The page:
“You are like my seventeenth child, wife to my Miguelito, and if there is anything I can give you, you have only to ask. But more precious than gold, houses, and automobiles is this little pearl: the anguish will dissipate, and although you will visit the girl in the grave every Sunday and offer novenas on March 28, you will bear my son other children—and José and I more grandchildren—and in doing this, you will keep a covenant I tender to you that will be passed down to your own daughters for generations, on or off this island.”

Cutlery clattering on china, the sound of my great-grandmother’s voice—these things enrage Fefita. She feels trapped inside a stifling cocoon. Fefita excuses herself to go outside for air, but she miscalculates by using the kitchen door, which releases her too near the hog wallow, where the sow flounders in her piglets’ filth.

Clutching her breast, she turns back and, in a rush of juvenile conspiracy, Gonzalo and Julio storm into the kitchen. Under the din of their father’s shouting—he is not mute, only awaiting such an opportunity as this to bare his teeth—the animals pile in a squealing heap at their aunt Fefita’s feet. She kicks them away in either direction, shrieking, “Get off me, you little beasts!”

Fefita faints.

When she awakens the next day, her belly is empty.

Fefita does not get out of bed for breakfast. She does not get up for lunch, and she does not get up for la cena. She becomes so despondent after the death of her first daughter that they begin preparing to hold her wake, su velorio, before she finally stirs. She lies in bed with the shades drawn and contemplates, without taking any comfort from the woman’s advice, her mother-in-law’s clairvoyance. How had Maria Antonia known that the child would be a girl? And how had she chosen March 28, and that the child would be Juana, after Santa Juana de Maillé, on whose santo the baby was born without breath?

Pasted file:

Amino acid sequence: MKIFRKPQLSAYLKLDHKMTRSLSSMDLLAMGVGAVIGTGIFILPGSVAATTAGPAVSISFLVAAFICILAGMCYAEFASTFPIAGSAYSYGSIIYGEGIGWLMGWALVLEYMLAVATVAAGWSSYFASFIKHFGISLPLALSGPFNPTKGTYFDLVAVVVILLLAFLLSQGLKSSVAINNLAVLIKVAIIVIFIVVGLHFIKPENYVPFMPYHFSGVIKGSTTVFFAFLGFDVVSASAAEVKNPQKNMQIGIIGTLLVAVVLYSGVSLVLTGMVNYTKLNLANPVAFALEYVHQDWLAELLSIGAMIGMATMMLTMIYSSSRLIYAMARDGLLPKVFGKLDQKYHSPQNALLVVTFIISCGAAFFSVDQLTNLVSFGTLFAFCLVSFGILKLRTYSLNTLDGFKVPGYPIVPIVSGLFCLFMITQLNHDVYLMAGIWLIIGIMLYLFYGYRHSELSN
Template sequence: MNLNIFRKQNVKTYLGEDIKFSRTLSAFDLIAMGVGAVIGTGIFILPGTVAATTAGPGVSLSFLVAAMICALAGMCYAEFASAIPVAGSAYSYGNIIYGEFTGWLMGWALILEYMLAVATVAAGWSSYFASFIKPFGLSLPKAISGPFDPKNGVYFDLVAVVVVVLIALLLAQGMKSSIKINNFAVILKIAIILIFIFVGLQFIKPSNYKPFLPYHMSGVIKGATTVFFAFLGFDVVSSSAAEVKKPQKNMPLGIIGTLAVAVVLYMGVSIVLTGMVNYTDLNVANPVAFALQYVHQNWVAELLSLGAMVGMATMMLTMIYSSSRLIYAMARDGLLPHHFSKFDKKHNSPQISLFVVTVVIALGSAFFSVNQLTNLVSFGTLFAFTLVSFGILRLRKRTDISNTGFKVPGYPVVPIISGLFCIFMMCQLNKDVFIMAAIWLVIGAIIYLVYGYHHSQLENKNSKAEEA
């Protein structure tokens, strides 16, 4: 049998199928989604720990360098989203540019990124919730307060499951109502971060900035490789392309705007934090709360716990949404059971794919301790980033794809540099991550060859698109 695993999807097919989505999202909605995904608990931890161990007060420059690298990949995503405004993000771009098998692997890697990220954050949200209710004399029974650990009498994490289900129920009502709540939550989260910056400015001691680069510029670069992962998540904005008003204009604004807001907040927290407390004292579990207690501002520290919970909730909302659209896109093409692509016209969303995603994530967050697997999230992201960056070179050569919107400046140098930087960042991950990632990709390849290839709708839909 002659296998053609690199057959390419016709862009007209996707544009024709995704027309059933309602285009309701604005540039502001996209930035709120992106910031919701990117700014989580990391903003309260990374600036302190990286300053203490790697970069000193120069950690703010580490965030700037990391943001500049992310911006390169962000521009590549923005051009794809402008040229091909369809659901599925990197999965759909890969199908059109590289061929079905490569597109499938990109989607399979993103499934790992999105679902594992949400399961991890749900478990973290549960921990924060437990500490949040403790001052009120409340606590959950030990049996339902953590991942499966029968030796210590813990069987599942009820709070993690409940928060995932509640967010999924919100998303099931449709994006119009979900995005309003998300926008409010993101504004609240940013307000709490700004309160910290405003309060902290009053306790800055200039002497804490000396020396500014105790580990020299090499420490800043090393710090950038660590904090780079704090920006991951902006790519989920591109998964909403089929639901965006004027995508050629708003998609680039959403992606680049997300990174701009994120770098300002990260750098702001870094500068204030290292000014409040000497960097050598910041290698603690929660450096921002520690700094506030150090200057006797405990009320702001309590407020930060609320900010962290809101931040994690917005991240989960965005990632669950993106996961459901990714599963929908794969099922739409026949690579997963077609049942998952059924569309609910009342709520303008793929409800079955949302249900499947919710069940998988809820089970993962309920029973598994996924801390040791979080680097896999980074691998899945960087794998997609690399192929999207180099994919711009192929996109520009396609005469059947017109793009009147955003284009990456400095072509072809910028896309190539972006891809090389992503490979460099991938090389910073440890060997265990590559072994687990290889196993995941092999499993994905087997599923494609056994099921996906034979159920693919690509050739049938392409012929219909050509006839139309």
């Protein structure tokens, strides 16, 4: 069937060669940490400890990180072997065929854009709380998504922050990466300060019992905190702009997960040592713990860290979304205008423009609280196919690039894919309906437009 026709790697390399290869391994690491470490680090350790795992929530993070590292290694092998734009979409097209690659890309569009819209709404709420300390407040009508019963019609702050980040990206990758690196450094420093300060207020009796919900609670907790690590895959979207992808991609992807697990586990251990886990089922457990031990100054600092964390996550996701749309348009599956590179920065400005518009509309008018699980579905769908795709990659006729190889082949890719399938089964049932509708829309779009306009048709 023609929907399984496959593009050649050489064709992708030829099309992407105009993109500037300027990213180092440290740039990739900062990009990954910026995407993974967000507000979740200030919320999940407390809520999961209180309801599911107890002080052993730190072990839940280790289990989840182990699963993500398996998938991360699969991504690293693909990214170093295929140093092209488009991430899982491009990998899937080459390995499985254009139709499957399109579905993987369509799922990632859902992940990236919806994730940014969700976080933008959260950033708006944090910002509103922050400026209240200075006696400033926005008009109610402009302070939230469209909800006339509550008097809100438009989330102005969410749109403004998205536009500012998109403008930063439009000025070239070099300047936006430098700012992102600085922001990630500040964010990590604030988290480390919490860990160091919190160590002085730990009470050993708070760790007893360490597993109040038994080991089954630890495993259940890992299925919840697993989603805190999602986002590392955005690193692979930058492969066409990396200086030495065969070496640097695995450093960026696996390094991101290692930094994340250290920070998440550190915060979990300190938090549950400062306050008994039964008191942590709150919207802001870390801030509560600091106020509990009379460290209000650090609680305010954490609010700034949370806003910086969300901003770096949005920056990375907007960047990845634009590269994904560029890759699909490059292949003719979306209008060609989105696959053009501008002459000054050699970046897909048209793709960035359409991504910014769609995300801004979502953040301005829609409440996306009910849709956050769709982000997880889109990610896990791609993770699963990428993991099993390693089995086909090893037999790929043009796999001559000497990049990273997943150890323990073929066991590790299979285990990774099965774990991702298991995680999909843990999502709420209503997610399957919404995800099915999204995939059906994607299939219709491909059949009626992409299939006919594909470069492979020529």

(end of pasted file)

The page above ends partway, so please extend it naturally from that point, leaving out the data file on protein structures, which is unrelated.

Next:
“Souls need a name in Limbo,” Maria Antonia will tell anyone who asks. “Where would they be without a name?” Saint Peter will call them someday, the innocents, call them to their ascent. They have to be called something.

***

ROBERT ARELLANO is a 2014 Oregon Literary Fellowship recipient in Fiction and the author of four novels from Akashic, including the Edgar Award finalist Havana Lunar. He is Professor of Creative Writing in the Oregon Center for the Arts at Southern Oregon University.

***

Do you have a story you’d like us to consider for online publication in the Duppy Thursday flash fiction series? Here are the submission terms and guidelines:

—We are not offering payment, and are asking for first digital rights. The rights to the story revert to the author immediately upon publication.
—Your story should be set in a Caribbean location and incorporate some aspect of folklore, whether centrally or tangentially.
—Include the location and the referenced folk tale or figure of the story with your byline.
—Your story should not exceed 750 words.
—Please include a short bio with your submission.
—Accepted submissions to Duppy Thursday are typically posted 2–4 months after the notification date.
—E-mail your submission to [email protected]. Please paste the story into the body of the email, and also attach it as a PDF file.

Posted: Jul 23, 2015

Category: Duppy Thursday | Tags: , , , , , , , , , , ,